REDMOND, WASHINGTON – Within the walls of building 87, located at Microsoft’s headquarters near Seattle, Washington, you will find a very quiet room. The room is so quiet, in fact, that it was just deemed the Quietest Place on Earth from the Guiness Book of World Records.
In two independent tests, the room measured an unbelievably quiet -20.1 dBA and -20.6 dBA. An impressive feat, considering that its creators were hoping for -16 dBA.
The new record beats out one previously held for several years by Orfield Labs in Minneapolis where, among other things, hearing aid research is conducted.
Why the Silent Room?
Microsoft’s new super-quiet room is what’s known as an anechoic chamber, meaning that it is a room designed to completely absorb reflections of sound and also be insulated from any exterior sources of noise.
Anechoic chambers have been used for years in a variety of research and development purposes in many different industries, including the hearing industry (for hearing aid and audiological research).
“Microsoft uses these super-quiet acoustically-controlled chambers to test products such as Surface tablets, HoloLens, etc., to make sure that sounds generated by the devices themselves during use, are as quiet as possible.”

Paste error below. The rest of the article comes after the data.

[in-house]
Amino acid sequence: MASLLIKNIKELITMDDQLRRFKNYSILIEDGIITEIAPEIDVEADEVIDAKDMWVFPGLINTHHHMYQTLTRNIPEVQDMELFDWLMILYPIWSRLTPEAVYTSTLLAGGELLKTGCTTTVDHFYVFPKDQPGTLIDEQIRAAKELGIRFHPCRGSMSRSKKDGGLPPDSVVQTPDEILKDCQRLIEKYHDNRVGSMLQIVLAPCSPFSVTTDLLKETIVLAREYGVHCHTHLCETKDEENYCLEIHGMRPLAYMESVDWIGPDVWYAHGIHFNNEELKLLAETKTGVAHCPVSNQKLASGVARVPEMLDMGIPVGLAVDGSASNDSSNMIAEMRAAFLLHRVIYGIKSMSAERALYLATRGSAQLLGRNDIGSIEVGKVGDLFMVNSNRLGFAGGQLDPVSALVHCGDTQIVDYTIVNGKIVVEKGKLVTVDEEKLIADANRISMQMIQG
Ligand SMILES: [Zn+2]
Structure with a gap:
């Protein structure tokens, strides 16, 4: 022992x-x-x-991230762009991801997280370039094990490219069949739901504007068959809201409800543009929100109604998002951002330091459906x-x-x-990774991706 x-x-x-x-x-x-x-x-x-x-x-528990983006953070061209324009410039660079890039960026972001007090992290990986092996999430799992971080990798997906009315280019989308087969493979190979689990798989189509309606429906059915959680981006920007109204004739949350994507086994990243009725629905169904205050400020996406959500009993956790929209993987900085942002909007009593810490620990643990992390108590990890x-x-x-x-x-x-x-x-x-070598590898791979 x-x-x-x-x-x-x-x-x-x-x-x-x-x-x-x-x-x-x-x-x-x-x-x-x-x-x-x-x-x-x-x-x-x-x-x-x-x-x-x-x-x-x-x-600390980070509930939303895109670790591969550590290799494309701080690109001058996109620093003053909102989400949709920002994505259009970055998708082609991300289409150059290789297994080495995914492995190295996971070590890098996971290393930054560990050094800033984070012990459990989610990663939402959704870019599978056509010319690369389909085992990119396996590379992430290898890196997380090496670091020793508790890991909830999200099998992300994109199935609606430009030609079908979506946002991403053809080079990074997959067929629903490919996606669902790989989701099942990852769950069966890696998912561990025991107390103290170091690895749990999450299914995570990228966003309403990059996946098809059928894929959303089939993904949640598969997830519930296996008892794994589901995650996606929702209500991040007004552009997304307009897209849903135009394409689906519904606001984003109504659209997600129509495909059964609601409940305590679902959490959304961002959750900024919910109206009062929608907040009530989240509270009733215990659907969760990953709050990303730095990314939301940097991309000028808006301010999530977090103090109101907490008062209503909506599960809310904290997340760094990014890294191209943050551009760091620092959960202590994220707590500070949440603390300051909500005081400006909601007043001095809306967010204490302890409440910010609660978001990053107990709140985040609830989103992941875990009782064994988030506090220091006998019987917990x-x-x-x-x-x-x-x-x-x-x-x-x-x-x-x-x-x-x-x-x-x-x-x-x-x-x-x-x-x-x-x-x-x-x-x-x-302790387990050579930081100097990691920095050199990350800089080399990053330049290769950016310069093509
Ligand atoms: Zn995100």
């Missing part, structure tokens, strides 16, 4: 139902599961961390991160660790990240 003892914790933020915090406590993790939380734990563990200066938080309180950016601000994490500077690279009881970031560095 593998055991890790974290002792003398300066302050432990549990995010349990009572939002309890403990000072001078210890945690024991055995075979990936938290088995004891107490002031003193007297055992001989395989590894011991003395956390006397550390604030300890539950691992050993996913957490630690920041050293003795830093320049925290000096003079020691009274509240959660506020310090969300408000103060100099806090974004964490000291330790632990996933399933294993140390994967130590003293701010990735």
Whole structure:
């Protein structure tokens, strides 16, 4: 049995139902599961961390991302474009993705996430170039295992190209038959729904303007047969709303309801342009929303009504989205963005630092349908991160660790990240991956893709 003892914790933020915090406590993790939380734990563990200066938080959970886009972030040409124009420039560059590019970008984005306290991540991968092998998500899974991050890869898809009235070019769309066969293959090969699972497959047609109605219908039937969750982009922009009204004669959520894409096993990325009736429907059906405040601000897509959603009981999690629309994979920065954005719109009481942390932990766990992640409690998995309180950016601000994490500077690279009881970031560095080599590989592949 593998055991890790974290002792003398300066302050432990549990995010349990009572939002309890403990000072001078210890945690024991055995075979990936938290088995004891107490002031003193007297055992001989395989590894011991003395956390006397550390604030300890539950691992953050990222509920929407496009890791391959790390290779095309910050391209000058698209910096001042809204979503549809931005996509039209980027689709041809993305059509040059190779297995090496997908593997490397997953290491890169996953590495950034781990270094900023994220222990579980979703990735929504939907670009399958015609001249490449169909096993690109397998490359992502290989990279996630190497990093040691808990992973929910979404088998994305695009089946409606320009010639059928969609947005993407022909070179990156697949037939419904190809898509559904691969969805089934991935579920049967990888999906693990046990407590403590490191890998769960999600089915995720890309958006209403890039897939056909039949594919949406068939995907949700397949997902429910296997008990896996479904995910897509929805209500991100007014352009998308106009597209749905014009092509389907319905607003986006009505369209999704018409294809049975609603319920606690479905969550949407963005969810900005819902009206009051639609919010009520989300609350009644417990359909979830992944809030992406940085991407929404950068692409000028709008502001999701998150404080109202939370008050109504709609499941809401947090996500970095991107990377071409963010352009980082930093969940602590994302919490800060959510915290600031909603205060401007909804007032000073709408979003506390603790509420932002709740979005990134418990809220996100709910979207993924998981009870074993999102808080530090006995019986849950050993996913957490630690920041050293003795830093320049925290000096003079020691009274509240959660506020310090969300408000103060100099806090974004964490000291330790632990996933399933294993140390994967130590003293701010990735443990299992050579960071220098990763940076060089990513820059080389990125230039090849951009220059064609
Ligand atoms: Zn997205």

Microsoft uses the room as an acoustic research lab for several of its products and components, including speakers and microphones. Currently, the company is using the acoustic lab to test Cortana, the company’s voice assistant—adding background noise in the room while simultaneously asking questions, to measure and ultimately improve upon performance of Cortana.
Impressive New Record
According to Microsoft, the same company who built the previous record-breaking room for Orfield Lab, Eckel Noise Control Technologies, helped create the new room for the company.
Microsoft’s Audio Lab itself actually consists of multiple anechoic chambers, with the largest sitting on top of springs in order to keep the amount of outside noise to an absolute minimum.
Highly specialized instrumentation from Brüel & Kjær was used to analyze and measure the room. A two-microphone coherent power measurement technique was used to achieve the extremely low ambient noise level measurement.
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